I feel pretty bad for sleeping on the recent record from Helms Alee – a slumber that would have continued indefinitely had it not been for my friend Nick, who misses Helms Alee’s forbears more keenly than me, I guess. The guitarist for this Seattle band was also a guitarist and the singer for those yeoman devotees of 5/4 sludge, Harkonen, who in Grizz released one of the most refined distillations of Hydra Head’s then-burgeoning sensitive yet hairy post-hardcore sound.
Some of Harkonen’s gutbucket punk survives in Helms Alee, but as the Melvillean band name indicates, the newer band isn’t so urgently straightforward. It’s a fairly skeletal 3-piece with the aforementioned guitar-singer and a drummer and bass player, both of whom are women, and both of whom also sing. Like a lot of the newer post-metal bands, their songs seem to grow out of jams and follow no particularly schematic path, but unlike a lot of the other recent Hydra Head bands, Helms Alee understand the value of concision, and the songs don’t ramble.
Night Terror is a near-perfect debut – it has a rough-hewn looseness I recognize from time spent hanging out in a practice space with a couple guitars, a big heap of effects pedals, and a stoned drummer (fans of Harkonen’s time-signature trickery will not be disappointed by Helms Alee), and it wears its influences unashamedly, without particularly drawing attention to them. Bits of Karp, the Pixies, Neurosis, Jawbox, Swans and the like knit themselves together without visible seams, and the band tries on a whole bunch of vocal approaches, ranging from the old urgent yawps of Harkonen to beautiful (if rough) multi-part harmonies. Whoever recorded the record clearly loves drums, and the engineering puts all three members of the band on an equal footing, which gives the performances a strong ensemble feel, which in turn reminds me of Fugazi and their ability to get a jazz feel out of punk songs.
In sum, this is the sort of record that’s practically guaranteed to get a sympathetic hearing from me, and combined with the evocative and poetic lyrics and a couple of sturdy, gorgeous post-rock singles (“A Weirding Away” and “Grandfather Claws”), this has me retroactively declaring this to be one of my favorite records from 2008, even though I didn’t hear it until this week.
It fits in neatly with 2 of my 3 other favorites from 2008, and for posterity’s sake I’ll give my unordered list of my 4 favorite records from 2008 here:
- Fucked Up: The Chemistry of Common Life
- asbestoscape: s/t
- Helms Alee: Night Terors
- Clark: Turning Dragon
And here’s an unsorted list of other 2008 releases I thought were pretty great for one reason or another:
- Breeders: Mountain Battles
- Dusk & Blackdown: Margins Music
- Portishead: Third
- Vivian Girls: s/t
- Gojira: The Way of All Flesh
- Genghis Tron: Board Up the House
- Lil’ Mama: VYP: Voice of the Young People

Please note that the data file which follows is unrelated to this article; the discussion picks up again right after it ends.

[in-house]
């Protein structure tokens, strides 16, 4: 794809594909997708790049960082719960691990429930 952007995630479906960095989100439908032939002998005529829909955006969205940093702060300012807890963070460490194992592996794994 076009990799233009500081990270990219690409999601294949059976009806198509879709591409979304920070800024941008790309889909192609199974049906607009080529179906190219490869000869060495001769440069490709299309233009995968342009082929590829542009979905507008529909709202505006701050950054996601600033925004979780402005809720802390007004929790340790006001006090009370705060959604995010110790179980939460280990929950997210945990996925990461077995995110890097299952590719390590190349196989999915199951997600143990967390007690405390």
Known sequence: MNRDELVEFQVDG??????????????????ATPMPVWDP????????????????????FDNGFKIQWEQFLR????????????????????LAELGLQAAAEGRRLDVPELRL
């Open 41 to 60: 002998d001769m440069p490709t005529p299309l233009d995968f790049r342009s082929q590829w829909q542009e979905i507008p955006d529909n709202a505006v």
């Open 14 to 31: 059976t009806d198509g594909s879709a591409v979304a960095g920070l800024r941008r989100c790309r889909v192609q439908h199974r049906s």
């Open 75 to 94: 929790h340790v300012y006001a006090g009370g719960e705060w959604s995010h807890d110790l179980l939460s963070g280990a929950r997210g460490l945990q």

- Arckanum: Antikosmos
- Avigail: The Other Side
- Boris: Smile
- Cadence Weapon: Afterparty Babies
- Earth: The Bee Made Honey in the Lion’s Skull
- Gas: Nah und Fern
- Hollywood Holt: Holt Goes to Hollywood
- Bannon: The Blood of Thine Enemies
- JME: Famous?
- Krallice: s/t
- M83: Saturdays = Youth
- Matmos: Supreme Balloon
- Meshuggah: obZen
- Omit: Interceptor
- Slagmaur: Svin
- Soilent Green: Inevitable Collapse in the Presence of Conviction
- Sparks: Exotic Creatures of the Deep
- Zomes: s/t
…but to put things that way misses what my 2008 was actually like. I started the year with the goal of listening my way through my music collection, but in February discovered the wilds of Blogspot’s MP3 blogs, and ended up spending a large chunk of the year listening to the esoteric detritus of about 40 years’ worth of underground (or at least underheard) music. I spent the better part of 2008 listening to hundreds of hours of music for the first time and then moving on to the next thing – a uniquely exhausting experience.
The most exhausting aspect of living in a state of perpetual novelty is the deeply frustrating recognition that an awful lot of what I heard (Mnemonists, Organum, Roland Kayne, HNAS, Sparks, the Flying Lizards) was sophisticated, complex music that would reward repeated, close listening and just not having the time to give it the attention it deserves.
It’s been said before and it’s going to get said a lot more: we live in an era of unparalleled cultural production, and unlike pretty much every prior era of human culture, we’ve got the means and inclination to hold onto pretty much everything we produce. Music is a much more populist concern than it’s been, historically speaking, and despite being a largely popular artform is also much less ephemeral. There is absolutely no way to stay on top of it anymore – you have to pick your battles, and I find it very hard to choose.
This year cracked the bindings on what’s left of my tastes (I even spent a lot more time listening to jazz, which has been my traditional blind spot), and I am now completely powerless to concretely describe what kind of music I like except in a very vague, Potter Stewart-ish way of saying I know it when I hear it. At the same time, spending so much time with stuff that was last hip – if it ever was – about 20 years ago helped me see with a crystalline clarity how much of the musical discourse surrounding us all is driven by fashion. I really could not give a fuck less about 90% of the music I see discussed, even by critics I wholeheartedly respect.